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Dr Robert Nesse Outlines How Healthcare Consolidation Can Be Done Right
Healthcare consolidation must be accompanied with integration of care in order to be successful, explained Robert Nesse, MD, the senior director of Policy and Payment Reform at Mayo Clinic.
Healthcare consolidation must be accompanied with integration of care in order to be successful, explained Robert Nesse, MD, the senior director of Policy and Payment Reform at Mayo Clinic. If consolidation is not accomplished correctly it may raise prices without improving quality, or it may become a great source of confusion for both patients and providers.
How can healthcare consolidation be done right to ensure lower costs and better quality of care?
Healthcare consolidation is one model, but healthcare consolidation without integration of the care model is not going to work. What we’re seeing, and what we’ve seen in the past, is groups buying other groups. So hospitals are saying “We must get bigger” or provider groups are saying “Let’s get bigger” without any real thought to what they hope to accomplish besides getting bigger.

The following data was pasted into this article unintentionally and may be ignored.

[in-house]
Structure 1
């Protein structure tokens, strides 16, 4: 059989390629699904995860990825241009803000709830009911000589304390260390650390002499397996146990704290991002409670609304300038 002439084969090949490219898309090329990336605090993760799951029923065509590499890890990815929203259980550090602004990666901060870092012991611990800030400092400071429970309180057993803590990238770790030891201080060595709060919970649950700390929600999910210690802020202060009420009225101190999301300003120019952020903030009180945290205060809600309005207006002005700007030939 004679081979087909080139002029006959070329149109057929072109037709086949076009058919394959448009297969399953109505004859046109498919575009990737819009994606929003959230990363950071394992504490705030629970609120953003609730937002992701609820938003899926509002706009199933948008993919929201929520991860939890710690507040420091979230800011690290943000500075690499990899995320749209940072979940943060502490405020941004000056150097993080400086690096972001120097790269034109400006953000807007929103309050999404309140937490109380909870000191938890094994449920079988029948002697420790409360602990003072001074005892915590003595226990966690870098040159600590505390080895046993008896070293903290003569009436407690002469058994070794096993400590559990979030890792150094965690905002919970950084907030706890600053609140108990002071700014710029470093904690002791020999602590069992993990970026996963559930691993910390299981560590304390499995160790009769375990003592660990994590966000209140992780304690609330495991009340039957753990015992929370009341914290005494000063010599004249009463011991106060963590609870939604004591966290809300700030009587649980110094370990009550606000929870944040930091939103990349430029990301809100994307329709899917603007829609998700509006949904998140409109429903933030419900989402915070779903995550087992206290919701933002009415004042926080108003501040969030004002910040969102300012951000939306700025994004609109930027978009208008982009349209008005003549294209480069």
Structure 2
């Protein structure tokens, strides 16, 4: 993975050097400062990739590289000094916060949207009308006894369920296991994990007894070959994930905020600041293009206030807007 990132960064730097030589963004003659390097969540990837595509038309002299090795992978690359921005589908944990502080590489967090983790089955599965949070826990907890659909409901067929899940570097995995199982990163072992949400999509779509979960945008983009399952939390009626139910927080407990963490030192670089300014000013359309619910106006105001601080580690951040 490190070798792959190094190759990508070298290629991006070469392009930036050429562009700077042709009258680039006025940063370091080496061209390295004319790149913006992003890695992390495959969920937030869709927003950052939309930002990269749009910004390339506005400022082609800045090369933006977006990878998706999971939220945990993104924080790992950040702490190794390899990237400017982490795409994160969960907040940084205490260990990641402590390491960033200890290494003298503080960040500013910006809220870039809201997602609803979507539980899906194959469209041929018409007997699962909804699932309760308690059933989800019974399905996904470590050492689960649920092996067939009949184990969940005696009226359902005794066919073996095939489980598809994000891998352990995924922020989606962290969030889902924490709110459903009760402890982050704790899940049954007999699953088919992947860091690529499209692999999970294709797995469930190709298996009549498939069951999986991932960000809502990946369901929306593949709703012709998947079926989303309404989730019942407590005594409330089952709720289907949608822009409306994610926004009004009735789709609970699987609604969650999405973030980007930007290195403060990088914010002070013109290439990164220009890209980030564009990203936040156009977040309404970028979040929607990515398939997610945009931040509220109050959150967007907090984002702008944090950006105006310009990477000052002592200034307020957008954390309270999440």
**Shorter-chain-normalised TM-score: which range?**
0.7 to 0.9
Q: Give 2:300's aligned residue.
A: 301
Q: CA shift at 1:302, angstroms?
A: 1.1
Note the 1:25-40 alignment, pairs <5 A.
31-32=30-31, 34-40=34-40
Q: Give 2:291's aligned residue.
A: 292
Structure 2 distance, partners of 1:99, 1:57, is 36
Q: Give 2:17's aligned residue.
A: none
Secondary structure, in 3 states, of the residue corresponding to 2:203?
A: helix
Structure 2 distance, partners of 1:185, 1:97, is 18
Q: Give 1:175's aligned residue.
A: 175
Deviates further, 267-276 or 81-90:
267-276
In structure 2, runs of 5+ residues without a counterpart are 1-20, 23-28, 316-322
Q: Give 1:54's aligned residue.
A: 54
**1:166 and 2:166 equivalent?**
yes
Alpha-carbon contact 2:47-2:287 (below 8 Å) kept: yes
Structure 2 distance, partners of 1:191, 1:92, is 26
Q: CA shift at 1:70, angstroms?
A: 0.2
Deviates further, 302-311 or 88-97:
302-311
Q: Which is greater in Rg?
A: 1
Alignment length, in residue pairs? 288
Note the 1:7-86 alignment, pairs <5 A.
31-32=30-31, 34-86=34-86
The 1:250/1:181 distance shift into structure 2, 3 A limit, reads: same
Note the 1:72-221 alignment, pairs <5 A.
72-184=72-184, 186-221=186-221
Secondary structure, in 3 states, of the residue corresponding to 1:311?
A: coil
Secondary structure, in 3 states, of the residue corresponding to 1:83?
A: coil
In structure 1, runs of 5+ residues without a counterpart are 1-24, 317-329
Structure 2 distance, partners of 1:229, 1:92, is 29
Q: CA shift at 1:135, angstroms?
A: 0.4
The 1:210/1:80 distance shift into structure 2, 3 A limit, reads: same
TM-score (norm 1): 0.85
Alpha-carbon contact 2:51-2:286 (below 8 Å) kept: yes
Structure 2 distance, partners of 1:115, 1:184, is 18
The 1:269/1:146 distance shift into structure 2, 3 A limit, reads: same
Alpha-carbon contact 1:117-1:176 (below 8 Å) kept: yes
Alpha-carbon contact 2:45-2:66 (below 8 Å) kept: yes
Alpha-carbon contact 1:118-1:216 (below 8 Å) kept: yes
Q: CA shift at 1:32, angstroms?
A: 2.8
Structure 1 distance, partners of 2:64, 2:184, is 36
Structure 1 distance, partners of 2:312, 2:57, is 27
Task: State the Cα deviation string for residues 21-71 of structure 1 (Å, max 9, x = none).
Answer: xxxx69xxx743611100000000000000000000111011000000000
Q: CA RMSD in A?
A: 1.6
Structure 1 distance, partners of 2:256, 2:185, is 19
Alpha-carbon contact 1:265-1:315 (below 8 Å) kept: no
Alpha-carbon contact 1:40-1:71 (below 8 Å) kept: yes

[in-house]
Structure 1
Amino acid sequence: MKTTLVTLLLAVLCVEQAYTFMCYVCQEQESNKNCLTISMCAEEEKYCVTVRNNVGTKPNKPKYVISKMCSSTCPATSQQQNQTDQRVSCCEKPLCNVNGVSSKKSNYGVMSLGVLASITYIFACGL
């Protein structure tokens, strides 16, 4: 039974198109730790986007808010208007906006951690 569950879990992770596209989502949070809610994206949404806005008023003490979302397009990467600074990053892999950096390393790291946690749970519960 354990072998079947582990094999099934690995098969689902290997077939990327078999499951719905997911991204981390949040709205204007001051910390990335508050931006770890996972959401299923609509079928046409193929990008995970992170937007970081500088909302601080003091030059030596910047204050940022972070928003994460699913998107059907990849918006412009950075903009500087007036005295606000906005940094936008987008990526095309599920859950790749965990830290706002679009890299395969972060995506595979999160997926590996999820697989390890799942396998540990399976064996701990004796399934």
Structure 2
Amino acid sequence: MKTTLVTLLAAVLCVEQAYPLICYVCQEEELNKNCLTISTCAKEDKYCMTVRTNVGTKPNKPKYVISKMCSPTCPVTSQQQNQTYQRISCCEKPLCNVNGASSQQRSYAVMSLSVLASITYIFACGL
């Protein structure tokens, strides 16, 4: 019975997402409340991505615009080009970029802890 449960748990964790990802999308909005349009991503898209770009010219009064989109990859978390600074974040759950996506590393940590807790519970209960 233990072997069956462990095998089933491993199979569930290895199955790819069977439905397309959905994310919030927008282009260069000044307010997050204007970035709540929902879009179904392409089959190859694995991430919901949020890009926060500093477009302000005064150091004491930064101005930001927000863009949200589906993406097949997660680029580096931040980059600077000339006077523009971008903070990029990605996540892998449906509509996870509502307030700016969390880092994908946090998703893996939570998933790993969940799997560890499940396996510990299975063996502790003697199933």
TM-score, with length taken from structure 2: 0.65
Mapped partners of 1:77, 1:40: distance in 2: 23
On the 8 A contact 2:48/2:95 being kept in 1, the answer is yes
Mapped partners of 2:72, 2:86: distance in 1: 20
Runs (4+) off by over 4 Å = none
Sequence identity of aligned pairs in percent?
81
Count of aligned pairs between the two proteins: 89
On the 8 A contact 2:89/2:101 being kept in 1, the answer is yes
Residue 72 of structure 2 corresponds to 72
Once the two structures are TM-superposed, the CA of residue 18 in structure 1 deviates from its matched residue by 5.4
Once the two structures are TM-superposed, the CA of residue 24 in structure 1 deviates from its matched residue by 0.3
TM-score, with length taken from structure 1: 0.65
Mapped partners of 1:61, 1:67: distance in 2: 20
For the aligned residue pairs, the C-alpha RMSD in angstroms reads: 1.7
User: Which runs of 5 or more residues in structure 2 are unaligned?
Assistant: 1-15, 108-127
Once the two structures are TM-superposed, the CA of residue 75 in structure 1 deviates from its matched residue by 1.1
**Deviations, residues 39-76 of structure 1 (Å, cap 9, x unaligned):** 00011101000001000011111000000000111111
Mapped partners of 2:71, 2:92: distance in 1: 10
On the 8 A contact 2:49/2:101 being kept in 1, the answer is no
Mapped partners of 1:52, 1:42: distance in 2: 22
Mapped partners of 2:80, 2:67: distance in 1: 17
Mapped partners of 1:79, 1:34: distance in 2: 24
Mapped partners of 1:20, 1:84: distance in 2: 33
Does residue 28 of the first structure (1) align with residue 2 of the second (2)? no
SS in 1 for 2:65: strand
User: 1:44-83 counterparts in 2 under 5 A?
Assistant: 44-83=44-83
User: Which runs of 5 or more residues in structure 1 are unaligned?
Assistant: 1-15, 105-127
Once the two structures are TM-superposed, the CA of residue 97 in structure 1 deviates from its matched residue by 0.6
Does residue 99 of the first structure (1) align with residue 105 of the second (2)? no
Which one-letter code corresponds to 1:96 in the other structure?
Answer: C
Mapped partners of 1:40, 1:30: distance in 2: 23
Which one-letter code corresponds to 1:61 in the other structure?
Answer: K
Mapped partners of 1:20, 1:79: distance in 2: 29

So integration of care, in my mind, is the key to all of this and it has to provide seamless handoffs for patients in hospitals, for outpatient services, and it needs to provide a base within the community for the patient as well as within a hospital setting. Then we will make progress in healthcare.
What are the negative outcomes that happen when consolidation in healthcare is not done right?
When consolidation is not done appropriately, I think you end up without the balance needed for success. So, for example, if consolidation is done because you simply want to capture market share, well that could actually raise prices without any discernible difference in the quality of care offered to patients: it’s not balanced against the need for coordinated care or aligned purpose for the providers.
I also believe that consolidation not done right leads to chaos. Because you have a group of providers, or a group of insurers, or some other consolidated group, and if the information systems aren’t there or the analytics aren’t aligned, it can actually be quite confusing for both patients and providers in the system.